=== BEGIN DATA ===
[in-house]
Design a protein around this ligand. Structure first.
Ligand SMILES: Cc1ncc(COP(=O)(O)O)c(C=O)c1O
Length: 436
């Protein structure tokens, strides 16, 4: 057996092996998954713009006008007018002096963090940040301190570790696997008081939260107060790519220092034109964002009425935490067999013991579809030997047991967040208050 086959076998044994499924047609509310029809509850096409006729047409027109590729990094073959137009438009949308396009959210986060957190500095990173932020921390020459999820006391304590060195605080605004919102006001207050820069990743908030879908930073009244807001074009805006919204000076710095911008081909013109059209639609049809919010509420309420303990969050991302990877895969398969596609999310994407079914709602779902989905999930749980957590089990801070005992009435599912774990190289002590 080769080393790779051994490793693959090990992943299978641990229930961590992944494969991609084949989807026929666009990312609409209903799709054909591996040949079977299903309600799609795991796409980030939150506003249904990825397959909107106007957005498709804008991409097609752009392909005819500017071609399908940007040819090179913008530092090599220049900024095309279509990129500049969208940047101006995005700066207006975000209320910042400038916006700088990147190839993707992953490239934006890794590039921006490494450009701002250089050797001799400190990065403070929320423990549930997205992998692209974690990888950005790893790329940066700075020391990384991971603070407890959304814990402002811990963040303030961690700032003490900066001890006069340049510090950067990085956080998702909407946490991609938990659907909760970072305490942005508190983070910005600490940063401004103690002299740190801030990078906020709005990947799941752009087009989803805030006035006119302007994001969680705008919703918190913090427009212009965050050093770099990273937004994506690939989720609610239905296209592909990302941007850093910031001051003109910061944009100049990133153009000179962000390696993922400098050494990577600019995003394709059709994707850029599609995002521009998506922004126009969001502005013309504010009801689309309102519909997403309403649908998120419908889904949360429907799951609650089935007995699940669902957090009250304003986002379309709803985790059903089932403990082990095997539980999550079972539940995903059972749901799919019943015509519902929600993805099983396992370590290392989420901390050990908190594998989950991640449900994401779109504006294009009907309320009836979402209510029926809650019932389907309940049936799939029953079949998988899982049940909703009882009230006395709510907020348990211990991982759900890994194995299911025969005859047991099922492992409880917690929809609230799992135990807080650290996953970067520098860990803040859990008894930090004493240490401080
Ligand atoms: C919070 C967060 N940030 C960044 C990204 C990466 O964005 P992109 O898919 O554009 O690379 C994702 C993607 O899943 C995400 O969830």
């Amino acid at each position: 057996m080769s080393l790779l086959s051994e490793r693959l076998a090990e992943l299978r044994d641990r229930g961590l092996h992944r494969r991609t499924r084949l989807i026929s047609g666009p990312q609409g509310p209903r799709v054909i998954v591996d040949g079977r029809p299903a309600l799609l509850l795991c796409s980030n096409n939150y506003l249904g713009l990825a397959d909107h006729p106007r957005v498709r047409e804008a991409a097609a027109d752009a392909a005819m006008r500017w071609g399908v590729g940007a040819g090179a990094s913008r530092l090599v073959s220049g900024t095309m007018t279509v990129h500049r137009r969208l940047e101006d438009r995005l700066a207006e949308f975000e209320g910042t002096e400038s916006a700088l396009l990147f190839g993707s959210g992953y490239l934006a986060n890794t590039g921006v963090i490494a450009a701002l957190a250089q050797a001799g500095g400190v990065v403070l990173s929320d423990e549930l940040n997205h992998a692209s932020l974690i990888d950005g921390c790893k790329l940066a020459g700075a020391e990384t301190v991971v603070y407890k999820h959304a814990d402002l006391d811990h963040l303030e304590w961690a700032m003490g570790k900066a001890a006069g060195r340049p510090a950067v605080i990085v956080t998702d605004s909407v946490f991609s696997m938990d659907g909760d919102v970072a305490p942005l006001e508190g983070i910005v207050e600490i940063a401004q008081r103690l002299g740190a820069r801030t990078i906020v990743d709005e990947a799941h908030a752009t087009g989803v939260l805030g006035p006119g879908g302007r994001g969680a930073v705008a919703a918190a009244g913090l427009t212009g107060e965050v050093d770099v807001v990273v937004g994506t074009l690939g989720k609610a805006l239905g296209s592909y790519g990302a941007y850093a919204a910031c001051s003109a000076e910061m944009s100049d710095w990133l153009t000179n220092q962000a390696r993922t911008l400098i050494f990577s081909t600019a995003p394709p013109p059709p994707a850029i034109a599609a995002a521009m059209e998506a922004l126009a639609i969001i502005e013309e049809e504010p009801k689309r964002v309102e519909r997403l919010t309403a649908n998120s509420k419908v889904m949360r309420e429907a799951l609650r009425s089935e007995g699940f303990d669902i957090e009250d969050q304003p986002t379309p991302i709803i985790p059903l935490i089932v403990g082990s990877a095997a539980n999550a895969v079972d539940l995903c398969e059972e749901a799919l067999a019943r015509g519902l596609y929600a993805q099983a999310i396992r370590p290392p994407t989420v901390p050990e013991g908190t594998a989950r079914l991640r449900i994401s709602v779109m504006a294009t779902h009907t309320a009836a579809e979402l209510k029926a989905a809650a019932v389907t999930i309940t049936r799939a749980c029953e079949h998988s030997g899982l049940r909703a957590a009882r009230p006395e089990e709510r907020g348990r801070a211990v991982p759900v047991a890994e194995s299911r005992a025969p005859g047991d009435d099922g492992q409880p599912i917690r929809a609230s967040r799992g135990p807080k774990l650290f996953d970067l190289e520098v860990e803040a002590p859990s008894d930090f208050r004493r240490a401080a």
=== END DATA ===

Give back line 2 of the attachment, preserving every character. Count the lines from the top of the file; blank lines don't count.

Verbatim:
Design a protein around this ligand. Structure first.